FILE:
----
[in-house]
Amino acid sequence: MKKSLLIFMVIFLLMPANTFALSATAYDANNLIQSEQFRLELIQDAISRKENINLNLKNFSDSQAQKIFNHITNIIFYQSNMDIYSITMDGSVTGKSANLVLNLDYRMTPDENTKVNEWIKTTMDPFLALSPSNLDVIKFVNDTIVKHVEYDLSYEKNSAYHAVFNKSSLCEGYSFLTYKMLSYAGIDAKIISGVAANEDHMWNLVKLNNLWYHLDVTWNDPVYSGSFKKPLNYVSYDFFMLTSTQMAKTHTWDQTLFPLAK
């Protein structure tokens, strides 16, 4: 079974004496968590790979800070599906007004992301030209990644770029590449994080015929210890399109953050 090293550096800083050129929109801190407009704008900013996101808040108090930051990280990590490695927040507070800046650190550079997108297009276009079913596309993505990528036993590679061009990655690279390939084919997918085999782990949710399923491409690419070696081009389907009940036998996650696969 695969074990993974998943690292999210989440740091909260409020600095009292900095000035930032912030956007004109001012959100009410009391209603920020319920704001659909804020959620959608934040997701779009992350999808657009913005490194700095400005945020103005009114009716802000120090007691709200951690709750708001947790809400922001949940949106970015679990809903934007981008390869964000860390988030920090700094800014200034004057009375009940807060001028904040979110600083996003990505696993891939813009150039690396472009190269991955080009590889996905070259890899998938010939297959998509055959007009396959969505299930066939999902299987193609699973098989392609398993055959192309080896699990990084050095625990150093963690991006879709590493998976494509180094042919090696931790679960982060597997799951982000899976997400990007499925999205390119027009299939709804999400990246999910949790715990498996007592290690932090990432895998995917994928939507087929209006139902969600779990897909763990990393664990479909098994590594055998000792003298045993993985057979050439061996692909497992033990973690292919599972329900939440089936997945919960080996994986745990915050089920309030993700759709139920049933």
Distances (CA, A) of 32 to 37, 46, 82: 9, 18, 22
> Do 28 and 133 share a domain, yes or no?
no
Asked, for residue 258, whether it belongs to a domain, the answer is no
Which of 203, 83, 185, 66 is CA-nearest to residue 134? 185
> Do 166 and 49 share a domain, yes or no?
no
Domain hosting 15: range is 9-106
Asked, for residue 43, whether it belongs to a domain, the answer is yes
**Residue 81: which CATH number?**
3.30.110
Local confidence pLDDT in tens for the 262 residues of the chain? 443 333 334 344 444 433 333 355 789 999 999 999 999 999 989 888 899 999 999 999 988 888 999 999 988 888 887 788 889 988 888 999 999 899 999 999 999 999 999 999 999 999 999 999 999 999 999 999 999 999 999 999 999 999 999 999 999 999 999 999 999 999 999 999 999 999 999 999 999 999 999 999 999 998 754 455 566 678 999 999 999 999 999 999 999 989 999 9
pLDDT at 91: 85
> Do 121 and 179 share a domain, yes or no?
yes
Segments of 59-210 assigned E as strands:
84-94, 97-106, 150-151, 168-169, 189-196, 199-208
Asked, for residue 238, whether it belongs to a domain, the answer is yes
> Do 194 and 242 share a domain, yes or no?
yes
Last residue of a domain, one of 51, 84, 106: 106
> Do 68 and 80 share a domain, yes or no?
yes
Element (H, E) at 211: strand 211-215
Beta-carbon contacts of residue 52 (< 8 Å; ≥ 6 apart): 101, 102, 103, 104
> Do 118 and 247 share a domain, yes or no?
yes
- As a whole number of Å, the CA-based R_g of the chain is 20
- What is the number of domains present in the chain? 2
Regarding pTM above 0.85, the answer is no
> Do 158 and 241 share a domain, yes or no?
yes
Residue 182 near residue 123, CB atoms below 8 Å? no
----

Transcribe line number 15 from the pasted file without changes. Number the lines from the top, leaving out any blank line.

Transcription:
Local confidence pLDDT in tens for the 262 residues of the chain? 443 333 334 344 444 433 333 355 789 999 999 999 999 999 989 888 899 999 999 999 988 888 999 999 988 888 887 788 889 988 888 999 999 899 999 999 999 999 999 999 999 999 999 999 999 999 999 999 999 999 999 999 999 999 999 999 999 999 999 999 999 999 999 999 999 999 999 999 999 999 999 999 999 998 754 455 566 678 999 999 999 999 999 999 999 989 999 9